Q. My daughter, who is eight years old, had a fall in school last year, resulting in a bump on her head.
The swelling has subsided, but the area where the bump was is now bald. Is there any help for the hair to regrow?
Occasionally, she complains of having a headache. Is that caused by the fall?
She has gone for an X-ray and everything is normal.
A. From the history, the hair loss seems to be traumatic in nature.
It is important to ascertain if there is scarring alopecia, which results in hair follicles being replaced by scar tissue.
This is diagnosed by the absence of hair openings at the bald patch site.
If it is confirmed to be scarring alopecia, it is unlikely for hair regrowth to occur.
Treatment for scarring alopecia includes surgical options such as scalp reduction therapy.
The bald patch is cut off and the hair-bearing edges of the scalp are brought together. The aim is to reduce the size of the bald patch.
If the bald patch is large, the procedure may have to be performed in multiple stages.
However, such surgery will result in a scar and the scar site will also be bald.
Another option is hair transplant, where hair can be transplanted to the bald patch.
The hair is usually from the patient's own scalp and can be harvested in a variety of methods.
You can also camouflage the bald patch with the use of wigs.
Some causes of hair loss, for example, alopecia areata, may show up as a bald patch and this condition is reversible.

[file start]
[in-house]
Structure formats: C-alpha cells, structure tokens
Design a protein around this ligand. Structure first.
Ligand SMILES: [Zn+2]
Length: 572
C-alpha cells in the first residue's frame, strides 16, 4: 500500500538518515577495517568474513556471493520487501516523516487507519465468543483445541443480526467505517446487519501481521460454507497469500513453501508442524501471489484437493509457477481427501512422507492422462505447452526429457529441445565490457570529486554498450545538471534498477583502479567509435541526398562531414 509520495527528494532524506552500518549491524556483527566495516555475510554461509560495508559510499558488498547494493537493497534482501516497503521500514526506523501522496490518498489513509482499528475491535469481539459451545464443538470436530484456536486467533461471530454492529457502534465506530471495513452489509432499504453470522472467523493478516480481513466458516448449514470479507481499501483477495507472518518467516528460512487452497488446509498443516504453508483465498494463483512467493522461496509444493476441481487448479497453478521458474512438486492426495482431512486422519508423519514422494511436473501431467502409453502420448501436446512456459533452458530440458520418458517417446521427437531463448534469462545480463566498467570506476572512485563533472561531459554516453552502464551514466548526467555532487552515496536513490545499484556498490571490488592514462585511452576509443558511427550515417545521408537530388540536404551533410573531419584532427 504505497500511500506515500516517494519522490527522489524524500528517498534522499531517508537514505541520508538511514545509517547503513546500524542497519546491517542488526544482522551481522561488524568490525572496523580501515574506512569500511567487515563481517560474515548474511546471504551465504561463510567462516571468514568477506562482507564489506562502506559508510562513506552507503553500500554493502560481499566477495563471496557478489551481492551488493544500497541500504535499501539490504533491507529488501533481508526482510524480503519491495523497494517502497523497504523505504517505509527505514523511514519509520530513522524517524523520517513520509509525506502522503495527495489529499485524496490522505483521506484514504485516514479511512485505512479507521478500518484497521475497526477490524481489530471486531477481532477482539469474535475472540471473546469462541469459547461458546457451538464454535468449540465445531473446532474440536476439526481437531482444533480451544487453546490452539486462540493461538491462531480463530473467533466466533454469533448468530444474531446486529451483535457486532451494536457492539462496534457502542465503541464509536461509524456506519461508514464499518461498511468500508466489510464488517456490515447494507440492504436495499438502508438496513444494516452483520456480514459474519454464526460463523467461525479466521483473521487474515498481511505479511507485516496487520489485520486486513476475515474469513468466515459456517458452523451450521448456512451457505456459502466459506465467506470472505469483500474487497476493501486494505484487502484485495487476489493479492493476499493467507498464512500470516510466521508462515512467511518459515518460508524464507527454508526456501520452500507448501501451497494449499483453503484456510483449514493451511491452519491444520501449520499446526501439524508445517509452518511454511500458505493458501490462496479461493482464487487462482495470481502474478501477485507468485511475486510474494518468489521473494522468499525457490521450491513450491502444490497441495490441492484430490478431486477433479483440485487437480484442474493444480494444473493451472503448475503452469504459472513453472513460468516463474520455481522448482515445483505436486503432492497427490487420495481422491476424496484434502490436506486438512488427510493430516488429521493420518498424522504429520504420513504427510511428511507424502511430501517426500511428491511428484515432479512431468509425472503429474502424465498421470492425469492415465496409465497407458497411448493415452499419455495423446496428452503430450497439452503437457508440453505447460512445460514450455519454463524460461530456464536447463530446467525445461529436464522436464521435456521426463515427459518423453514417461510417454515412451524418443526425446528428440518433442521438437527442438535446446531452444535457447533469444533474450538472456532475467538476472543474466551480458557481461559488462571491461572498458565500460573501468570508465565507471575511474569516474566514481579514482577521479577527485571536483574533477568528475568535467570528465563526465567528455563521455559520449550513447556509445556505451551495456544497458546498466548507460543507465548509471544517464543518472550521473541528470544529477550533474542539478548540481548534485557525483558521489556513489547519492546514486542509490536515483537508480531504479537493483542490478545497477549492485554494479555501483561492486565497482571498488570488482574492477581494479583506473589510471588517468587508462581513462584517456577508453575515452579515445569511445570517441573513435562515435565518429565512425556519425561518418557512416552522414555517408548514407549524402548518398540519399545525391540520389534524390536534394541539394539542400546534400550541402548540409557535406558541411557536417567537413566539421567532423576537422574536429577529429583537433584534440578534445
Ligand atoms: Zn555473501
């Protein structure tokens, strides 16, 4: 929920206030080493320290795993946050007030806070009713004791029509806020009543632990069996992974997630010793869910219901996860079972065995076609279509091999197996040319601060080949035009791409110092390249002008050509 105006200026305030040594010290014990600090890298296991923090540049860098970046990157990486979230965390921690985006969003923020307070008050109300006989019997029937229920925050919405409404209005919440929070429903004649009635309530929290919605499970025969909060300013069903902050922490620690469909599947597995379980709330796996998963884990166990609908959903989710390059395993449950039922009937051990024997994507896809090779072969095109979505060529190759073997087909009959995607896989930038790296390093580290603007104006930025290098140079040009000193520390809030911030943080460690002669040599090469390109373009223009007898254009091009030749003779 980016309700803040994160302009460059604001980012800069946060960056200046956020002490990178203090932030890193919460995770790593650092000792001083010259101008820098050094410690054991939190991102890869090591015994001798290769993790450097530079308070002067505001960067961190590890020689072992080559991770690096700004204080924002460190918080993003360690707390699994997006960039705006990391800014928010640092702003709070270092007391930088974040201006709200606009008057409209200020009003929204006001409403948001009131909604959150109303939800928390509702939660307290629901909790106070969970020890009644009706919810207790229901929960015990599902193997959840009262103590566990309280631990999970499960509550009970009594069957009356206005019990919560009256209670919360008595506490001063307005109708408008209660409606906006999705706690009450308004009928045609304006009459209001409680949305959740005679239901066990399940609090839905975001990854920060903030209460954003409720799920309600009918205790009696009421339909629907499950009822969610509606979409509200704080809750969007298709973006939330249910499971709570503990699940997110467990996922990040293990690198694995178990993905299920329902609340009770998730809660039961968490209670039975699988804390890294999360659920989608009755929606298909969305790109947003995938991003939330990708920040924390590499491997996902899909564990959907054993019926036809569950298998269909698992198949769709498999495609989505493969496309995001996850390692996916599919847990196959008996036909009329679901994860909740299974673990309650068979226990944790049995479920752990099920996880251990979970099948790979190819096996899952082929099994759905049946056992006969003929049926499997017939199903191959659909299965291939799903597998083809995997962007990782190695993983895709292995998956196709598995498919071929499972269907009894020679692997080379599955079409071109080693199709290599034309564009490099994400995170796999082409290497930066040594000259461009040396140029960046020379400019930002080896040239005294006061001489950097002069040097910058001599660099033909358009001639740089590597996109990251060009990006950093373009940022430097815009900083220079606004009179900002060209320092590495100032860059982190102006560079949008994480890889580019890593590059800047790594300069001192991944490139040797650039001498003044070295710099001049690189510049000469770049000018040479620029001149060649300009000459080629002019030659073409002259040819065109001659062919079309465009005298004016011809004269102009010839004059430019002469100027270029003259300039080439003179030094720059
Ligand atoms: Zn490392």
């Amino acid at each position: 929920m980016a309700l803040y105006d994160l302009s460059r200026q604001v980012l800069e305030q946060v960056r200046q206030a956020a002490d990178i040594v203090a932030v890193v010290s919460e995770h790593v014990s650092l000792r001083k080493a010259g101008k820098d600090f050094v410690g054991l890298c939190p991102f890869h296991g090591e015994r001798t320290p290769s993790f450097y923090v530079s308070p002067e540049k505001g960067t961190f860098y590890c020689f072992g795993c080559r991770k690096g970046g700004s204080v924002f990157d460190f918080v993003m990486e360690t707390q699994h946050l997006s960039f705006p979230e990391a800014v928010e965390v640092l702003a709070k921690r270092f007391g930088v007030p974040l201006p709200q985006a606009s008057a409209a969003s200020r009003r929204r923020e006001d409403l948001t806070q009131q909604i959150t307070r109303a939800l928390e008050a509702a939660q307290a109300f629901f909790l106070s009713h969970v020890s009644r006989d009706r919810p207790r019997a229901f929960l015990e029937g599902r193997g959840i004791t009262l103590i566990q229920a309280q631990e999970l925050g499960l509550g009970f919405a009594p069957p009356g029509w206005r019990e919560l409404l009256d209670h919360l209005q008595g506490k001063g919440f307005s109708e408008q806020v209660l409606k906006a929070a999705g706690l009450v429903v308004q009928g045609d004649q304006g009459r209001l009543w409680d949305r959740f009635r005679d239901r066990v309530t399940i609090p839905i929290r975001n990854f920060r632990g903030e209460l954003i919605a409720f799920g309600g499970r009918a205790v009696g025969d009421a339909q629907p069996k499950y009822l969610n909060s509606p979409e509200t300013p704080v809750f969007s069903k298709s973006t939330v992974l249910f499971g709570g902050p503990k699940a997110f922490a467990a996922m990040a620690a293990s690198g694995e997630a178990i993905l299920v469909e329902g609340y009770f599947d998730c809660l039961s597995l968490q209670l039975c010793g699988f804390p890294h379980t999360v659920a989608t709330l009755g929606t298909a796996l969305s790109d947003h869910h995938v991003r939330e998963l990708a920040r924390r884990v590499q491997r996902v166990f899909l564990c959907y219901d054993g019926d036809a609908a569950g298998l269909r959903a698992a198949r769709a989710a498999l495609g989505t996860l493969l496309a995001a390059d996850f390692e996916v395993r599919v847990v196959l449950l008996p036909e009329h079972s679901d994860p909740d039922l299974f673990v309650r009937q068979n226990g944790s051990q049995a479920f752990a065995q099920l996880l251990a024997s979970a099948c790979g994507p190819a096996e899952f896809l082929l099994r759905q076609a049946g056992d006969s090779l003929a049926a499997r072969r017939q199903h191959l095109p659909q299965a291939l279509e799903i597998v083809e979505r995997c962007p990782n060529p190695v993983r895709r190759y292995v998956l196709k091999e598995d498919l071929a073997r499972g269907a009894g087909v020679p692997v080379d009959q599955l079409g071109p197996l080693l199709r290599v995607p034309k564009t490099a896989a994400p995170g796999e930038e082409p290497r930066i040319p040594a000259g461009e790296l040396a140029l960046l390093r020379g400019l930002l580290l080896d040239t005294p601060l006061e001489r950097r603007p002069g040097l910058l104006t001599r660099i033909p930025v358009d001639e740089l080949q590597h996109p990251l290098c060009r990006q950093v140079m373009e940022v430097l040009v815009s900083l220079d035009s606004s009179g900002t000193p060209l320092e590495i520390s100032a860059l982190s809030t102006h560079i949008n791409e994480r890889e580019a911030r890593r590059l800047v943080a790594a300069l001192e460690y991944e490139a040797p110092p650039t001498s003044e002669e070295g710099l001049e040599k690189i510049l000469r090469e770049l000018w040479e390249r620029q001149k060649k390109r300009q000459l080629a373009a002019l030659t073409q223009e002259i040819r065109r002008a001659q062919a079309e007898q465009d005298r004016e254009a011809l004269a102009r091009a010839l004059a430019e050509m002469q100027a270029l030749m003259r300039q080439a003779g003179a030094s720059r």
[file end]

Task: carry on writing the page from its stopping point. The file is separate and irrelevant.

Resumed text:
It would be advisable for your daughter to be assessed by a dermatologist to determine the type of hair loss, so that appropriate advice and treatment can be given.
It is quite common for patients who have had minor head trauma to subsequently complain of physical symptoms such as headaches, dizziness or light-headedness.
This is part of the constellation of symptoms of post-concussion syndrome.
Difficulty of concentration, poor memory and mood changes are also sometimes noted after head trauma.
Over time, patients should progressively get better, although some patients do complain that these symptoms last for months or even a year.
Unfortunately, there is no medication to treat the root cause and most drugs are really symptomatic treatment for the physical symptoms.
The behavioural and emotional symptoms are more difficult to treat and a patient with such symptoms may need to be referred to a psychiatrist.
DR RAYMOND KWAH
Consultant dermatologist at Raffles Skin & Aesthetics Centre at Raffles Hospital
DR DAVID CHOY
Consultant neurosurgeon at Raffles Surgery Centre at Raffles Hospital
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